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Virology. 2010 Jan 5;396(1):21-9. doi: 10.1016/j.virol.2009.09.021. Epub 2009 Oct 31.

Herpes simplex virus-1 infection causes the secretion of a type I interferon-antagonizing protein and inhibits signaling at or before Jak-1 activation.

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Department of Microbiology and Molecular Genetics, Harvard Medical School, Boston, MA 02115, USA.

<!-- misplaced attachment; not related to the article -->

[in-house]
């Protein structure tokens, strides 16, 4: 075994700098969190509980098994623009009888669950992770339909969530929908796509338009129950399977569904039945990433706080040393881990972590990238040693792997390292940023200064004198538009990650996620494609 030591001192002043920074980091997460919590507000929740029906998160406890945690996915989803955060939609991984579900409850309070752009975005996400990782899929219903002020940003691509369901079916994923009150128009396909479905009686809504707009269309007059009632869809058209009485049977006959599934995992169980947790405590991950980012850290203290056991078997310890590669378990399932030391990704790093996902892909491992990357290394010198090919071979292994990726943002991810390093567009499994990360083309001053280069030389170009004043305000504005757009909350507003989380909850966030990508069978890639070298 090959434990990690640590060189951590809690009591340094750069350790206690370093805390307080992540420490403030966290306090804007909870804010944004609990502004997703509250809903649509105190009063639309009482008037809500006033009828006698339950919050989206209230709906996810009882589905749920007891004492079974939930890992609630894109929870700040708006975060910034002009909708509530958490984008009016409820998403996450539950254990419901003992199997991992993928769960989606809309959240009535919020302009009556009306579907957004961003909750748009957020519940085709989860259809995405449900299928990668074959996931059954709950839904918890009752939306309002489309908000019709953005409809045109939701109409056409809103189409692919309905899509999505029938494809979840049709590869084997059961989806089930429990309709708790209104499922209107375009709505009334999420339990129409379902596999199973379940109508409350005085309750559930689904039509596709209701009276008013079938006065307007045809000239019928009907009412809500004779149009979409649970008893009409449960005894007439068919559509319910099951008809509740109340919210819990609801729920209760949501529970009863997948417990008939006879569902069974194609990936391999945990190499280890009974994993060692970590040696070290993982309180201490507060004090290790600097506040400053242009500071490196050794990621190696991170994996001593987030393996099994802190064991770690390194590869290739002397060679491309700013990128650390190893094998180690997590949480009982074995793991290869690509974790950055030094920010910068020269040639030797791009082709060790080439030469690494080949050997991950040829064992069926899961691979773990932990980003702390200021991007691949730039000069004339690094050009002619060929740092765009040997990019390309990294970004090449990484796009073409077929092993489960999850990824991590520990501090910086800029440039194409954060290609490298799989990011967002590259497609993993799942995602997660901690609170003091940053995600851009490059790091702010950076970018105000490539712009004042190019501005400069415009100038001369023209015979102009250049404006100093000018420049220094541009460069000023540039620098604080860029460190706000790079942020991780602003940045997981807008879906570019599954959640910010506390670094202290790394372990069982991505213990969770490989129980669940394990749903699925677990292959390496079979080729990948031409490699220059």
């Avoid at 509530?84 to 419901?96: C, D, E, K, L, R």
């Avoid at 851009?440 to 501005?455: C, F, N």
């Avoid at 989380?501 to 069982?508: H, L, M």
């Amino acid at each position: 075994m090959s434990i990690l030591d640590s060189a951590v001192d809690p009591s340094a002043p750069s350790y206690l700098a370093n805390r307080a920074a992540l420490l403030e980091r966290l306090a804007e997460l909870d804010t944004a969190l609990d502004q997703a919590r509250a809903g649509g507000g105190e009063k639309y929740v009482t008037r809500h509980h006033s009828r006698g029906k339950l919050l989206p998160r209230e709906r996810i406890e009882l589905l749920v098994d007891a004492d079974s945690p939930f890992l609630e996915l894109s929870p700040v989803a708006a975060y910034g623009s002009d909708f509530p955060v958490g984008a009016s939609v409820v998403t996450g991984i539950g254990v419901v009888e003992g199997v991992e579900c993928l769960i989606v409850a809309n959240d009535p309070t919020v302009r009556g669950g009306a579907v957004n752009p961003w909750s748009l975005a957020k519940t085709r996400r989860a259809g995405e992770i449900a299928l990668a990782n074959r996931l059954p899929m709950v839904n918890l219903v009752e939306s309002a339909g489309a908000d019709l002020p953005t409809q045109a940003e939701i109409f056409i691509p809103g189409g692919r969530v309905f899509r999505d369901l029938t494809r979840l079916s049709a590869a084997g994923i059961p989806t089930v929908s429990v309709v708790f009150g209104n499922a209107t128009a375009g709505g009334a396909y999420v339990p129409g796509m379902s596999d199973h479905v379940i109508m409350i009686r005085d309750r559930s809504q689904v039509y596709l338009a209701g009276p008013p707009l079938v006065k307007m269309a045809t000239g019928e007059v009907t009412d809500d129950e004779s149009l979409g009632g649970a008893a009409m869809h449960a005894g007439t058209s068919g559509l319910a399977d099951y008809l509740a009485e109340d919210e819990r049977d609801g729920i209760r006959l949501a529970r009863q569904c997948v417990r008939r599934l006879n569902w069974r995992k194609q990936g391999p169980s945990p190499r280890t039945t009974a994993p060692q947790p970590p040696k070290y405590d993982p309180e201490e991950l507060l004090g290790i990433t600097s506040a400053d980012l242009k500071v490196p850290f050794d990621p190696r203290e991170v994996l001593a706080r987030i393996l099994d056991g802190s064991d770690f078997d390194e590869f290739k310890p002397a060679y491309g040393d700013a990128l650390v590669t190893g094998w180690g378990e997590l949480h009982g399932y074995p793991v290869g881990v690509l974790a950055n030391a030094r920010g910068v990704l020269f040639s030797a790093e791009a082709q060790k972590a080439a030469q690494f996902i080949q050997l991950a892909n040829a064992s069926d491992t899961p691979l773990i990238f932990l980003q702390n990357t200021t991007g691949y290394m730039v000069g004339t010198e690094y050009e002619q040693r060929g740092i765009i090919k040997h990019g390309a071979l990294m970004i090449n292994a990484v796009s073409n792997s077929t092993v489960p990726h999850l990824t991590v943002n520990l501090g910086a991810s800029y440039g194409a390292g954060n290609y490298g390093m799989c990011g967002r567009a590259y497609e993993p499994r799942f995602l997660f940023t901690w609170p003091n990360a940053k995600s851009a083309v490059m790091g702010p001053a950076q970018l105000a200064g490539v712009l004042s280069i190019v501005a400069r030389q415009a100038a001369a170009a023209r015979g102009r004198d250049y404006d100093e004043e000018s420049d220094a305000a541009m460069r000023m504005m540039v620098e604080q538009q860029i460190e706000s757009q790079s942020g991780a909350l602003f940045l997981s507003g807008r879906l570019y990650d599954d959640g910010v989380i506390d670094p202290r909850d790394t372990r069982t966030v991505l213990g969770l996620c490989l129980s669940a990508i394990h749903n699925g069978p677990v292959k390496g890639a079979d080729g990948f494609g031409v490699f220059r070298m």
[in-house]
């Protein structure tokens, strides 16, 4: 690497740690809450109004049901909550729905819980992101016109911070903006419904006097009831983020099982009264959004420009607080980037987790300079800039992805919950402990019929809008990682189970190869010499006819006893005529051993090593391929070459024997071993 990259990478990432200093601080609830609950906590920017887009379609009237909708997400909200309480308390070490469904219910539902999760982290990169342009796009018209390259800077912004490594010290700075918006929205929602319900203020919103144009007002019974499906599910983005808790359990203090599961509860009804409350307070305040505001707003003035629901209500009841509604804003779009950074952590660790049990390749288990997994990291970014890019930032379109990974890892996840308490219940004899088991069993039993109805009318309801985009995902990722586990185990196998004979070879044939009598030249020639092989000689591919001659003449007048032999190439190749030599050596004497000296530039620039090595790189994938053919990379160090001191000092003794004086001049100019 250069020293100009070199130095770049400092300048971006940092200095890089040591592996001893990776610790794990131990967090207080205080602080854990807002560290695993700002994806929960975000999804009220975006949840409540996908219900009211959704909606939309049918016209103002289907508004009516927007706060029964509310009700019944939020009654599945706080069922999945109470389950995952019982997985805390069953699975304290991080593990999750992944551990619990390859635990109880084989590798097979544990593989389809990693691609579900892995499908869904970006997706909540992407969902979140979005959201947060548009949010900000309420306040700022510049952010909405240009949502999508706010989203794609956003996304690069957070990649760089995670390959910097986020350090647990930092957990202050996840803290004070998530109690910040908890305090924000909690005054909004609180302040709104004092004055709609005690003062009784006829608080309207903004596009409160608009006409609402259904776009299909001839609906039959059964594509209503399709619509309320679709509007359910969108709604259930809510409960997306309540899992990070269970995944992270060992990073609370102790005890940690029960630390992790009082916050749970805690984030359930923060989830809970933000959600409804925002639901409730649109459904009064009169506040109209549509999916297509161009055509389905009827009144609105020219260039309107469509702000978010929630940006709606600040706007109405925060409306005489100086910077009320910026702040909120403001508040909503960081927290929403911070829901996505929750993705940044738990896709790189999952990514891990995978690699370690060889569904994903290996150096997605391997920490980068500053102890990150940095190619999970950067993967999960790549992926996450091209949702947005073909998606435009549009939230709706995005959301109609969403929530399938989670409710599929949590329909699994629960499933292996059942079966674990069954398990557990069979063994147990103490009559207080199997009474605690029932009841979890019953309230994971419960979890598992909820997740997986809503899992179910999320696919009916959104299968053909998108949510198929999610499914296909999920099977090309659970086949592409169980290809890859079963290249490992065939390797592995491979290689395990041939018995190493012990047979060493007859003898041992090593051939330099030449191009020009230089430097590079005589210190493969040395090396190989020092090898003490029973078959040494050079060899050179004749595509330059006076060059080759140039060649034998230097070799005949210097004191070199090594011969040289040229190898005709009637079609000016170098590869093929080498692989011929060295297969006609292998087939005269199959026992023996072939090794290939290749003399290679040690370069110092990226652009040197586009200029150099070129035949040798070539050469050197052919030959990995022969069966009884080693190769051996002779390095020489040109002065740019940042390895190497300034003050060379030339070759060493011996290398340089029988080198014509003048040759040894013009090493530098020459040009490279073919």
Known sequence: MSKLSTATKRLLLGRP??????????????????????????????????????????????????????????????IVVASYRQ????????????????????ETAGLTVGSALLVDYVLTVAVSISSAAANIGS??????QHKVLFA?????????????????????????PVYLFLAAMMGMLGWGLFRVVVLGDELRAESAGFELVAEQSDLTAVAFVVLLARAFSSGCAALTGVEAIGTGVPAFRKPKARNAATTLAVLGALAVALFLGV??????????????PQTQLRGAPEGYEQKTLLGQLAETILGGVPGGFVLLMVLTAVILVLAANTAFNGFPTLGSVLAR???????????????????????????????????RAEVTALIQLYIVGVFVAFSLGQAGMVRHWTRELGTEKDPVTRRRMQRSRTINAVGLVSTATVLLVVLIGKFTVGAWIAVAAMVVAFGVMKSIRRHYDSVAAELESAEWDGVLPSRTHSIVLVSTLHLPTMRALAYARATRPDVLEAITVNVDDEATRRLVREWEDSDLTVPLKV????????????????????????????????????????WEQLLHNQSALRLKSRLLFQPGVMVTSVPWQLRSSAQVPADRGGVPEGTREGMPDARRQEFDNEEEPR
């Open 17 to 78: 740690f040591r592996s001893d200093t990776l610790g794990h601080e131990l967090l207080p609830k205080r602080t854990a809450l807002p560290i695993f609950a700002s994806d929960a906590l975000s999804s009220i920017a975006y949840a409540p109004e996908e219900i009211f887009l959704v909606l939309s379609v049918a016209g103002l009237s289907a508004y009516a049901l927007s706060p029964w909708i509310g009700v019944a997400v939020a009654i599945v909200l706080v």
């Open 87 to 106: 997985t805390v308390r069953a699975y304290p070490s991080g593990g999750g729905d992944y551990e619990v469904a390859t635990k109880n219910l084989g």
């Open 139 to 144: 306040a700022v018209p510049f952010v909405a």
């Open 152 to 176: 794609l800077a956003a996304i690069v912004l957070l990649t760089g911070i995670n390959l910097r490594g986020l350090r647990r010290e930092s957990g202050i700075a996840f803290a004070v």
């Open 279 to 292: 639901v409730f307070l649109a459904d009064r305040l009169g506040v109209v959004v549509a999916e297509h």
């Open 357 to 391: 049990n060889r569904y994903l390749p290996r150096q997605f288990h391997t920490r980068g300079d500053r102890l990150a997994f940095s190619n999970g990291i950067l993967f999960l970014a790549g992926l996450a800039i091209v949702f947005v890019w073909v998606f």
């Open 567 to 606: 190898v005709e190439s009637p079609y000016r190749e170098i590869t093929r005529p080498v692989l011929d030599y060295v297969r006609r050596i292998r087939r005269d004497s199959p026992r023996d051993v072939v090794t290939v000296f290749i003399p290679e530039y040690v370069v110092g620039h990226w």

Host cells respond to viral infection by the production of type I interferons (IFNs), which induce the expression of antiviral genes. Herpes simplex virus I (HSV-1) encodes many mechanisms that inhibit the type I IFN response, including the ICP27-dependent inhibition of type I IFN signaling. Here we show inhibition of Stat-1 nuclear accumulation in cells that express ICP27. ICP27 expression also induces the secretion of a small, heat-stable type I IFN antagonizing protein that inhibits Stat-1 nuclear accumulation. We show that the inhibition of IFN-induced Stat-1 phosphorylation occurs at or upstream of Jak-1 phosphorylation. Finally, we show that ISG15 expression is induced after IFNalpha treatment in mock-infected cells, but not cells infected with WT HSV-1 or ICP27(-) HSV-1. These data suggest that HSV-1 has evolved multiple mechanisms to inhibit IFN signaling not only in infected cells, but also in neighboring cells, thereby allowing for increased viral replication and spread.

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